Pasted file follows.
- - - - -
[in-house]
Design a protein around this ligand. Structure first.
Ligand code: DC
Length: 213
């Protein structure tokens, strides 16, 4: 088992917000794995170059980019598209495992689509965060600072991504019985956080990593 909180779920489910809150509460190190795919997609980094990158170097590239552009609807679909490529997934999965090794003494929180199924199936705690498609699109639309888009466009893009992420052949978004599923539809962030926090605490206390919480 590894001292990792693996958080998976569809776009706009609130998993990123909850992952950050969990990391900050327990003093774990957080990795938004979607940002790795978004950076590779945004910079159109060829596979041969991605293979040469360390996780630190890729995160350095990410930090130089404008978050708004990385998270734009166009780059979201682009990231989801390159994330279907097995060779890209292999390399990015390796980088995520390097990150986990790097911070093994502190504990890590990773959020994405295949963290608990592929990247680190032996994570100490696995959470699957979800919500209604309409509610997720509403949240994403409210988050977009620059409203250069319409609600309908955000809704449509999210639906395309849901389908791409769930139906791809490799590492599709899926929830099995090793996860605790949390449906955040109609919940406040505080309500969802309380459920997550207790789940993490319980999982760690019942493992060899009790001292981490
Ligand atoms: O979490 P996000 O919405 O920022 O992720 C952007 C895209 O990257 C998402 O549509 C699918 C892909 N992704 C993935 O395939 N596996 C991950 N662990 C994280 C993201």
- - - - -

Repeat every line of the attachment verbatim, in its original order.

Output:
[in-house]
Design a protein around this ligand. Structure first.
Ligand code: DC
Length: 213
């Protein structure tokens, strides 16, 4: 088992917000794995170059980019598209495992689509965060600072991504019985956080990593 909180779920489910809150509460190190795919997609980094990158170097590239552009609807679909490529997934999965090794003494929180199924199936705690498609699109639309888009466009893009992420052949978004599923539809962030926090605490206390919480 590894001292990792693996958080998976569809776009706009609130998993990123909850992952950050969990990391900050327990003093774990957080990795938004979607940002790795978004950076590779945004910079159109060829596979041969991605293979040469360390996780630190890729995160350095990410930090130089404008978050708004990385998270734009166009780059979201682009990231989801390159994330279907097995060779890209292999390399990015390796980088995520390097990150986990790097911070093994502190504990890590990773959020994405295949963290608990592929990247680190032996994570100490696995959470699957979800919500209604309409509610997720509403949240994403409210988050977009620059409203250069319409609600309908955000809704449509999210639906395309849901389908791409769930139906791809490799590492599709899926929830099995090793996860605790949390449906955040109609919940406040505080309500969802309380459920997550207790789940993490319980999982760690019942493992060899009790001292981490
Ligand atoms: O979490 P996000 O919405 O920022 O992720 C952007 C895209 O990257 C998402 O549509 C699918 C892909 N992704 C993935 O395939 N596996 C991950 N662990 C994280 C993201």